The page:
To test the prediction that motivation to engage in CPF occurs across diverse hunter-gatherer populations, and regularly recruits key motor patterns used in forager lethal raiding, we first searched the ethnographic record for detailed qualitative descriptions of forager warfare from all continents for which such information was available (Asia, Australia, North America, South America). We used these qualitative descriptions to deduce motor patterns requisite to the deployment of, and avoidance of injury by, the weaponry and tactics referenced therein. We then surveyed a sample of forager societies for the presence of team contact games and coded these games for the presence of the motor patterns deployed in forager CIA.


To assemble the study sample, we searched Murdock’s (1967) Ethnographic Atlas for forager societies, operationalized as a combined score of 7 or more for the categories of dependence on gathering, hunting, and/or fishing (as measured in Table A, Column 7 of the Atlas). This resulted in the inclusion of some forager-horticulturalist and forager-pastoralist societies but was deemed necessary because a stricter criterion of 100% dependence on gathering, hunting, and/or fishing would have greatly reduced the sample size. The search yielded 235 culture groups distributed across 100 culture clusters in five of Murdock’s six geographical regions (there are no forager groups in the Circum-Mediterranean region by our criteria). Mounted foragers were included in the sample because the acquisition of horses did not substantially alter the nature of forager warfare, in that it continued to take the form of lethal raiding. Moreover, some groups continued to raid on foot even though they possessed horses (Goodwin 1971). Additionally, references in oral tradition to attacks by Oroks and Chukchi mounted on reindeer (Batchelor 1926; Bogoras 1918) indicate that mounted attacks may have occurred in some forager groups before the acquisition of the horse. Ethnographically documented forager societies are not uniformly distributed across continents; as a result, the representation of these cultures in the Ethnographic Atlas is biased by geographical region, with 47 culture clusters from North America, 23 from South America, 12 from East Eurasia, 11 from the Insular Pacific, and 7 from Africa, and this bias carries over into our study sample.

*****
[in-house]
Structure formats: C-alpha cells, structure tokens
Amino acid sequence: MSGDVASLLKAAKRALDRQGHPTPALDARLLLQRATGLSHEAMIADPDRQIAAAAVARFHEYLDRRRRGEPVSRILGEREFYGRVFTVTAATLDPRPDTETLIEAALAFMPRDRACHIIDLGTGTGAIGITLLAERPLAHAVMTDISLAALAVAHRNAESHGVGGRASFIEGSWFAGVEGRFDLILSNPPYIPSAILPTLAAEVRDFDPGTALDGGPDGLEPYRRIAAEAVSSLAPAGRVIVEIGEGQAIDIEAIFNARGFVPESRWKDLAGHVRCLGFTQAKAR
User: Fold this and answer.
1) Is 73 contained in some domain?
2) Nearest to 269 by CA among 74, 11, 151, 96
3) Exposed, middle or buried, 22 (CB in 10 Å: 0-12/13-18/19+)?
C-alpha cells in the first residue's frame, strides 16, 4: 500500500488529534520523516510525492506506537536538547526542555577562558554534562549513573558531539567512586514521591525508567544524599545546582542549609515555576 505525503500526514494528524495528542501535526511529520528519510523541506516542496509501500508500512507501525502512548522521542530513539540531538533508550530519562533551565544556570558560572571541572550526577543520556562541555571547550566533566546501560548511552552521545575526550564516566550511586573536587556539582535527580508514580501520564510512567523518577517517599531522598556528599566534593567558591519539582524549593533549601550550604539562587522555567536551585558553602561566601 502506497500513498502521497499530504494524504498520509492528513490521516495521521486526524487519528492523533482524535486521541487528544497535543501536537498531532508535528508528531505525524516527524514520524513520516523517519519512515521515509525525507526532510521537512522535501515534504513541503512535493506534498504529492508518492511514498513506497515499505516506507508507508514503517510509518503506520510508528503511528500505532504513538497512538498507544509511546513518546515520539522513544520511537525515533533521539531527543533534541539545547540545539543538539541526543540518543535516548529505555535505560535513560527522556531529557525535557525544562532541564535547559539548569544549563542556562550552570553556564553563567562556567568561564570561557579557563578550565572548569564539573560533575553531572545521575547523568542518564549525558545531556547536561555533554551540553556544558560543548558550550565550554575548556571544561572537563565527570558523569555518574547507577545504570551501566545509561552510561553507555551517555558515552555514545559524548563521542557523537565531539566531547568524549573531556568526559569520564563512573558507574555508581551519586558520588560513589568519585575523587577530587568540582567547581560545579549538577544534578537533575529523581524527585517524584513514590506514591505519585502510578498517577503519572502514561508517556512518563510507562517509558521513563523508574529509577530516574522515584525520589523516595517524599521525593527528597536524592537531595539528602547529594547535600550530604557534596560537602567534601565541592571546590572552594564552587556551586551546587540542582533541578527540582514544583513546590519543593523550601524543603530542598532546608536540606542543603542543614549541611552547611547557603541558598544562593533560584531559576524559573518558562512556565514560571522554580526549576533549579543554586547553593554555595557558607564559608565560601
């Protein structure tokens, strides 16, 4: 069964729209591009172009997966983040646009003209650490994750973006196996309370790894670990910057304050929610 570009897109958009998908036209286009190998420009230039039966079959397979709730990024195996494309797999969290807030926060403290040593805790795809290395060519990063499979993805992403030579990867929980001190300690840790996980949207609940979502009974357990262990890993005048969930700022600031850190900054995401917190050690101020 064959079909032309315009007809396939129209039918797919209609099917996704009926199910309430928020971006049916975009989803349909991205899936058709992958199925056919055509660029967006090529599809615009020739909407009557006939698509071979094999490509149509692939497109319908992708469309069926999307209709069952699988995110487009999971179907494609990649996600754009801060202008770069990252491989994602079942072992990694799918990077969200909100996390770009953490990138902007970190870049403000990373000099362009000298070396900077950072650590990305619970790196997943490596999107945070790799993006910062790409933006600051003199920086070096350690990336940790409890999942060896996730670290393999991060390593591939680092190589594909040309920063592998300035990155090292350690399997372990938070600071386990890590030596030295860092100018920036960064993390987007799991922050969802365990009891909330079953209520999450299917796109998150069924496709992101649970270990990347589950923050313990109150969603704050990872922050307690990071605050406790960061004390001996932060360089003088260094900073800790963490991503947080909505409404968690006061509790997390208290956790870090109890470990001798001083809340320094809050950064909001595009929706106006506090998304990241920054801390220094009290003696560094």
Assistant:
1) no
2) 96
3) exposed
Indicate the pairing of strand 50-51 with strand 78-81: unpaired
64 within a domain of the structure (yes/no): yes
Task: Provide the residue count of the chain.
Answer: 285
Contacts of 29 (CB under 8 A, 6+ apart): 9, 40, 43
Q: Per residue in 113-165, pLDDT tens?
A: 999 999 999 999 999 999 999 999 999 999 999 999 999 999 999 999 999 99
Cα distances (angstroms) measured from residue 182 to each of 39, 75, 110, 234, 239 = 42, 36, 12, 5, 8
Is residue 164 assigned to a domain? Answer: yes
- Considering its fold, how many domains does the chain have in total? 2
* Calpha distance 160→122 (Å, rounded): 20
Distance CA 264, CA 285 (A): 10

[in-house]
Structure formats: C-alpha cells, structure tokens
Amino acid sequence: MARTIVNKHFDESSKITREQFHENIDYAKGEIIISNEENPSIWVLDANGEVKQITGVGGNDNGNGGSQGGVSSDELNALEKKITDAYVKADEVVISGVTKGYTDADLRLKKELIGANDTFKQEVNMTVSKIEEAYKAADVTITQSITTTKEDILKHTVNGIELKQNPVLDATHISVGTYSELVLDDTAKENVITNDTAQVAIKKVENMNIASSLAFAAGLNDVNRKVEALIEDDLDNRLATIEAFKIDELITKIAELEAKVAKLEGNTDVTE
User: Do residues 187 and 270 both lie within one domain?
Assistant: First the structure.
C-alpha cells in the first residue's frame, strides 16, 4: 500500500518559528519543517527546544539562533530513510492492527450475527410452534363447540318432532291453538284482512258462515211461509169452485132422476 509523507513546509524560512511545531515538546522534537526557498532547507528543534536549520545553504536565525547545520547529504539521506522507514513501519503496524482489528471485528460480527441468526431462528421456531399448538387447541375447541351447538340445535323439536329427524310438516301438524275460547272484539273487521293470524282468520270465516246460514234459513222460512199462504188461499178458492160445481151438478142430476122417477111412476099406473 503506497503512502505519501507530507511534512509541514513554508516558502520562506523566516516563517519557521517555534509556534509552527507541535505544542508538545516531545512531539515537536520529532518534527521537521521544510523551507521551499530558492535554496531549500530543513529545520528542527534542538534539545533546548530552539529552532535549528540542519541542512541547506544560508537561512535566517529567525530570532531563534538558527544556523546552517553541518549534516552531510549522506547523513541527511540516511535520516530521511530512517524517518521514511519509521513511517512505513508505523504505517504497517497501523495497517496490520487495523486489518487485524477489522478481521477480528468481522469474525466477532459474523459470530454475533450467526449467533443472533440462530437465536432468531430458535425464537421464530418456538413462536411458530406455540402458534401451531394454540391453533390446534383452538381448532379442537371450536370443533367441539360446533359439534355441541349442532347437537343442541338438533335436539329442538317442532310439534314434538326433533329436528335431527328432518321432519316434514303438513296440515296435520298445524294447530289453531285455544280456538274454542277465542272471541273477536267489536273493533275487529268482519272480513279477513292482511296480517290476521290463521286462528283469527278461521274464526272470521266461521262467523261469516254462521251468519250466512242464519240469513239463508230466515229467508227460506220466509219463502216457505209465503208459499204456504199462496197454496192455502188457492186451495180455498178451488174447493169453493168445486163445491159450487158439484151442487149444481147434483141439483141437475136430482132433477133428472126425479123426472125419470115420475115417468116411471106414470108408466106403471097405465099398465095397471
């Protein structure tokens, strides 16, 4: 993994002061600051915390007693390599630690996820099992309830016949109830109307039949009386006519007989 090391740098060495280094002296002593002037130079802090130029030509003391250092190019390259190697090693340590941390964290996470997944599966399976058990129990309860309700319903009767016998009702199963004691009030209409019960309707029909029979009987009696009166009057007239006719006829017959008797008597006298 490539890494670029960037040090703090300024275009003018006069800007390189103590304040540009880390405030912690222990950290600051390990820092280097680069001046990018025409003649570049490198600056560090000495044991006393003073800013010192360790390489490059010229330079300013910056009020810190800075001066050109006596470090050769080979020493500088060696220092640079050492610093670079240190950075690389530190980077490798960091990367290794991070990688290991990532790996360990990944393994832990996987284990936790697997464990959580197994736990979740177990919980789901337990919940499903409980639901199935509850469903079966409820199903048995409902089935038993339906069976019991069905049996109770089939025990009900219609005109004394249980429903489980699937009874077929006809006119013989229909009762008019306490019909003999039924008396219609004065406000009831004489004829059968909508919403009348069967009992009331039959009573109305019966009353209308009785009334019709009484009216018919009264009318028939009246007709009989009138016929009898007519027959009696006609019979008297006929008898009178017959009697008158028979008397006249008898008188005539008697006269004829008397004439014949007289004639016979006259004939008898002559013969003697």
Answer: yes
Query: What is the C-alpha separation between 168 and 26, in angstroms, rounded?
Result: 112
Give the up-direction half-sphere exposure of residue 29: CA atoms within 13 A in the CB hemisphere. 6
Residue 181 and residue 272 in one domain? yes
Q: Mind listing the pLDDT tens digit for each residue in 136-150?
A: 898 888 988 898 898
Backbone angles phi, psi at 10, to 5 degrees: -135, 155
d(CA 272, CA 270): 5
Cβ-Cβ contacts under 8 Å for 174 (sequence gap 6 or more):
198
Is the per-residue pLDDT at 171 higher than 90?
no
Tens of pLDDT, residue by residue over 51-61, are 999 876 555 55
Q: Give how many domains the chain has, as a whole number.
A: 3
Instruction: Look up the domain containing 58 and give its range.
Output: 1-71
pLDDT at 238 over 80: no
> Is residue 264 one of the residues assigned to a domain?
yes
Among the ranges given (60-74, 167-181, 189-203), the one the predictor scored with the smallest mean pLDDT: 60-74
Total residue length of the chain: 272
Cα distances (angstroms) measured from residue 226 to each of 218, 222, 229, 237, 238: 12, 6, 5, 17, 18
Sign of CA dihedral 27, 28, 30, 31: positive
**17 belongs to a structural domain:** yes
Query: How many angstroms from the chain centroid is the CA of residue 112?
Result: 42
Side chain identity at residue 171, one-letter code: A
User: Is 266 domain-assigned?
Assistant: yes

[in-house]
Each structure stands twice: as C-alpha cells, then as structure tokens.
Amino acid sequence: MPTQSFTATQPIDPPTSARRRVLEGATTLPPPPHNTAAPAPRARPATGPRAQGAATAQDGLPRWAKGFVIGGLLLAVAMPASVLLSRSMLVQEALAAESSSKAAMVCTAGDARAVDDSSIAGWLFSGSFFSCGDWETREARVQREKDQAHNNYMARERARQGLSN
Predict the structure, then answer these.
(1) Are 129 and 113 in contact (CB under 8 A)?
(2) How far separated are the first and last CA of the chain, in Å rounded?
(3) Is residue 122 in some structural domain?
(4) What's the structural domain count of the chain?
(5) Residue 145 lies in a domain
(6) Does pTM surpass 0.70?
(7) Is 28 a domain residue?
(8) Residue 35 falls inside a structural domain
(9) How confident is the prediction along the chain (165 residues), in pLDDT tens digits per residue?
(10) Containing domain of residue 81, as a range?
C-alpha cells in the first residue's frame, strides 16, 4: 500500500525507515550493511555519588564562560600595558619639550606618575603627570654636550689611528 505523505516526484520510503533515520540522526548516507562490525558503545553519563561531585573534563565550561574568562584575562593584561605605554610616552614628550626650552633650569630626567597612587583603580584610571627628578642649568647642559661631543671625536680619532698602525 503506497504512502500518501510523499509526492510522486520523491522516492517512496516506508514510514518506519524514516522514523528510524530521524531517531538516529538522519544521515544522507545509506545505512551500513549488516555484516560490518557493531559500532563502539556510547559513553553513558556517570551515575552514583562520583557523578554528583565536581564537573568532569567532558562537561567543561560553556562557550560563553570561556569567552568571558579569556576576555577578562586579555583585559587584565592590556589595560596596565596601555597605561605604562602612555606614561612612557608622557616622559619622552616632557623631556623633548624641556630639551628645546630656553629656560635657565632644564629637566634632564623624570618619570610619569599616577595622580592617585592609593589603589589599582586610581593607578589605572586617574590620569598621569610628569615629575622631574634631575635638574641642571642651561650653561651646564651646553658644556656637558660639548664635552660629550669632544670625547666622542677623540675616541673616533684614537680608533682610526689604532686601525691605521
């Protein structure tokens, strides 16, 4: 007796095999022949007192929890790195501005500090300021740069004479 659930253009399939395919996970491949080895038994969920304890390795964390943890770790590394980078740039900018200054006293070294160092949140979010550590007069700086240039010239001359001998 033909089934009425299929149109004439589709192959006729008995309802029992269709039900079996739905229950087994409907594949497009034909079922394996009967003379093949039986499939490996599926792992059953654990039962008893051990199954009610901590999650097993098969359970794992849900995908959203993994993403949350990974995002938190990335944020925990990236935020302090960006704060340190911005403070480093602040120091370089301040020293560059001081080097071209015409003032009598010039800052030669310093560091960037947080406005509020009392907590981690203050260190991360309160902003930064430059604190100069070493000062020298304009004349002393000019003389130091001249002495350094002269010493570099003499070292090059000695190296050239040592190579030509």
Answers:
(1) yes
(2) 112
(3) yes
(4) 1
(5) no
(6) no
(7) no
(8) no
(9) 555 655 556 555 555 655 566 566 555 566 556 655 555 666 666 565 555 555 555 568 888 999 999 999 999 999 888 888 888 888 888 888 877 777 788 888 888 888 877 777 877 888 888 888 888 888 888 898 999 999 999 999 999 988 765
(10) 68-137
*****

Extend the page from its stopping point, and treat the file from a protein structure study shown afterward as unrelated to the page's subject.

Motor Patterns in Warfare

With the aim of elucidating design, we examined detailed descriptions of forager lethal raiding to generate a list of motor patterns that we predicted would be present in CPF. These motor patterns were inferred in large part from the weaponry used. An example is seen in Burch’s account of Iñupiat warfare: “At a distance bows and arrows were obviously the weapons of choice. At close quarters . . . thrusting spears might have been more useful . . . while in hand-to-hand combat knives and clubs might have been more effective than any other weapon” (2005:85). Similarly, among the Murngin, “The wooden or stone-headed spear, the spear-thrower and the club, as well as the stone knife, are used in these [combat] engagements. The spear is the chief weapon. . . . The stone axe . . . also serves as a weapon” (Warner 1931:458). Slings and bolas were also used in warfare (e.g., Haenke 1943). For example, in the eleventh century, a Norse expedition led by Thorfinn Karlsefni was attacked by “Skrellings” on the east coast of North America. According to the sagas, “their major weapons were large ball-shaped objects, resembling the stomachs of sheep, which were flung from poles” (Oswalt 1999:12). It is unclear whether the “Skrellings” were Inuit or Algonkians, but both used sling weapons. The Algonkian type was made by “sewing a large stone inside a fresh skin that tightened about the stone as it dried” and was “attached to a pole and hurled as a weapon” (Oswalt 1999:12). The Inuit type is described in an account of a Danish expedition attacked in 1605 while anchored off northwestern Greenland: the party of thirty men in kayaks “paddled ashore to find stones that they hurled at the vessel with slings” (Oswalt 1999:43). Slings were also used in combat by peoples of the Gran Chaco region (Hutchinson 1865:326). Accounts also reference dodging, as seen in a description of Ona warfare: “While they fought, the Ona did not stand still for a moment, but jumped continuously to the right and to the left to avoid presenting himself as an easy target to the enemy” (De Agostini 1956).